Being able to deliver a pitch that lands just right is a valuable skill to have in your arsenal. Pitching might sound daunting, but it's something we do all the time as part of our daily lives. We pitch ideas, stories, business strategies, and even dinner menus. The aim is to sell someone on something, whether it's a concept, a service or a product.
Here's how to take that innate pitching ability and hone it to get the results you want.
Great Pitches Are Like Great Pitches
Pitching in a business context has a lot in common with pitching in baseball. You want to be direct, fast and to the point.
High-performing pitches do the following:
- Tell a real story. Personal connections are the ultimate hook. Begin with a genuine story that shows that you understand the problem being faced by the person you're talking to. Your story should set the scene for why your product, service or idea is the solution to that problem.
- Focus on the essentials. Every extraneous word gives your audience a chance to zone out. Avoid boring or confusing your audience. Distill your pitch down to its very essence. Can you get your point across in just a sentence or two? Highlight your idea, who it's for, and why it's needed.
- Outline your business model. If you're pitching to an investor or decision-maker, ensure you can clearly and succinctly outline your business model. How does it work, what's the need, and what makes it viable? Having a solid business model differentiates a valuable idea from a pie-in-the-sky one.
- Address your competition. Your idea doesn't exist in a vacuum: you're bound to have competitors. Know how your product or solution differs from the others, and be able to explain why. If you truly are the first in your market, make sure you can explain the need for your idea and why no one else is fighting for a share of the profits.
Build your pitch around the above, and you'll be well on your way to winning over your audience.
Who You're Pitching To Matters
Any kind of communication is immediately elevated when it's targeted to a specific audience. Different audiences have different needs and interests, and tailoring your pitch accordingly is a must. Just as you wouldn't write for kids in the same way as you'd write for an auditorium full of PhDs, you wouldn't pitch a customer in the same way as an investor or a colleague.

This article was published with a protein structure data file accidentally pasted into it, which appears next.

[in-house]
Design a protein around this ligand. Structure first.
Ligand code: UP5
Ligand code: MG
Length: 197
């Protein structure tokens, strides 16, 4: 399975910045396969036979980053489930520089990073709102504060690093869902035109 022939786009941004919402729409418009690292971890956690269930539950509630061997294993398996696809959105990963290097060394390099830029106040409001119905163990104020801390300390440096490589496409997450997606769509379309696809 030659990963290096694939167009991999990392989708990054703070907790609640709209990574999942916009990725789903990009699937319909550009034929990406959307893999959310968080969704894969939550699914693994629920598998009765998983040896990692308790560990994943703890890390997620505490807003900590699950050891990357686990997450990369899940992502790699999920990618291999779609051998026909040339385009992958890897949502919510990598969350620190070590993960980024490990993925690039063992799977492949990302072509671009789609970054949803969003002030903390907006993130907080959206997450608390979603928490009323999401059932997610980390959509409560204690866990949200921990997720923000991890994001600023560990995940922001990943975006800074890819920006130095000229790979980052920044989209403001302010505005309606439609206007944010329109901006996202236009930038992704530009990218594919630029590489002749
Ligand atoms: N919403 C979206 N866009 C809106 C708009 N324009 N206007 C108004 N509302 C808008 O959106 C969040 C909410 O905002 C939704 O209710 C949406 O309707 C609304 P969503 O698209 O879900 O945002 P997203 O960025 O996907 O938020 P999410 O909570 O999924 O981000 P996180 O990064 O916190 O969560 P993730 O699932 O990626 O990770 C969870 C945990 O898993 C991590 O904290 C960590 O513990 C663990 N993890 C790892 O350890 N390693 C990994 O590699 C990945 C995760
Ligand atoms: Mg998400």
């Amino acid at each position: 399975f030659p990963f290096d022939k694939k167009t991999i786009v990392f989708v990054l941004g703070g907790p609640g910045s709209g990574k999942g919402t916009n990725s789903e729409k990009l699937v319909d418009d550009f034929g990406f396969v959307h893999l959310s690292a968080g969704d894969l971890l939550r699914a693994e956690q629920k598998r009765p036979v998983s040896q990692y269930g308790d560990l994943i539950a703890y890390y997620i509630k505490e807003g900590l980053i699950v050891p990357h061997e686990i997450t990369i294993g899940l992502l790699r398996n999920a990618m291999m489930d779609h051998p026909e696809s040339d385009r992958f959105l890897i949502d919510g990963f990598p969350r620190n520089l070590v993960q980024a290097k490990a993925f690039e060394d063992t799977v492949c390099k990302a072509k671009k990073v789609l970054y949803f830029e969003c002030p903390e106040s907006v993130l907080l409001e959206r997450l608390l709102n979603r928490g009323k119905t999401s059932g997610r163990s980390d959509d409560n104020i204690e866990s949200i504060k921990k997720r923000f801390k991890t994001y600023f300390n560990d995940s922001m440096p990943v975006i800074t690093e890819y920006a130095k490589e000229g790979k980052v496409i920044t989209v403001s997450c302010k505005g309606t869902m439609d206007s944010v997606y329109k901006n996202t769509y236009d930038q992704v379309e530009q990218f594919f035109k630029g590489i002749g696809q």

When targeting your pitch, consider:
- The desired outcome of the pitch. Are you pitching a decision-maker or someone who can get you a meeting with a decision-maker? Are you seeking investment, or are you selling direct to a customer? Always shape your pitch with a particular goal in mind.
- Your audience's interests. Know the specific needs of your audience and make sure your pitch clearly highlights exactly why your solution meets those needs. Speak directly to the individual, not to a more general audience. Vary your tone, personal anecdotes and delivery accordingly. Where possible, do your homework by carefully researching the person you're pitching prior to sitting down with them.
- What's in it for you. If you're pitching with investment in mind, know whether you're dealing with an angel or a shark. Both can provide a much-needed cash infusion, but sharks will aim to take control of your enterprise. Strategize accordingly to maintain a controlling stake in your idea.
It's All in the Delivery
No matter how great the content of your pitch is, poor delivery can sign its death warrant. Make sure your pitch lands the way you want by:
- Rehearsing ahead of time. Rehearse your pitch in front of the mirror, friends or colleagues before attempting the real thing. You'll be able to find and address weak spots in your delivery and also become more confident in what you're pitching.
- Showing your business savvy. A great pitch is all about confidence. Position yourself as someone who's smart, expert and on the ball, and you'll be much more likely to get results.
- Staying cool. Your audience might chime in with questions, comments or feedback, and not all of it positive. If you're feeling flustered or attacked, don't let it show. Give yourself time to respond, and strive to keep a neutral tone. If you're a naturally loud or effusive person, remember that this may be misinterpreted - work on modulating your voice to keep your audience on side.
We're all capable of delivering the perfect pitch. All it takes is empathy, understanding and a solid dose of confidence. Know your product, audience and goals, and you'll be well on the way to success.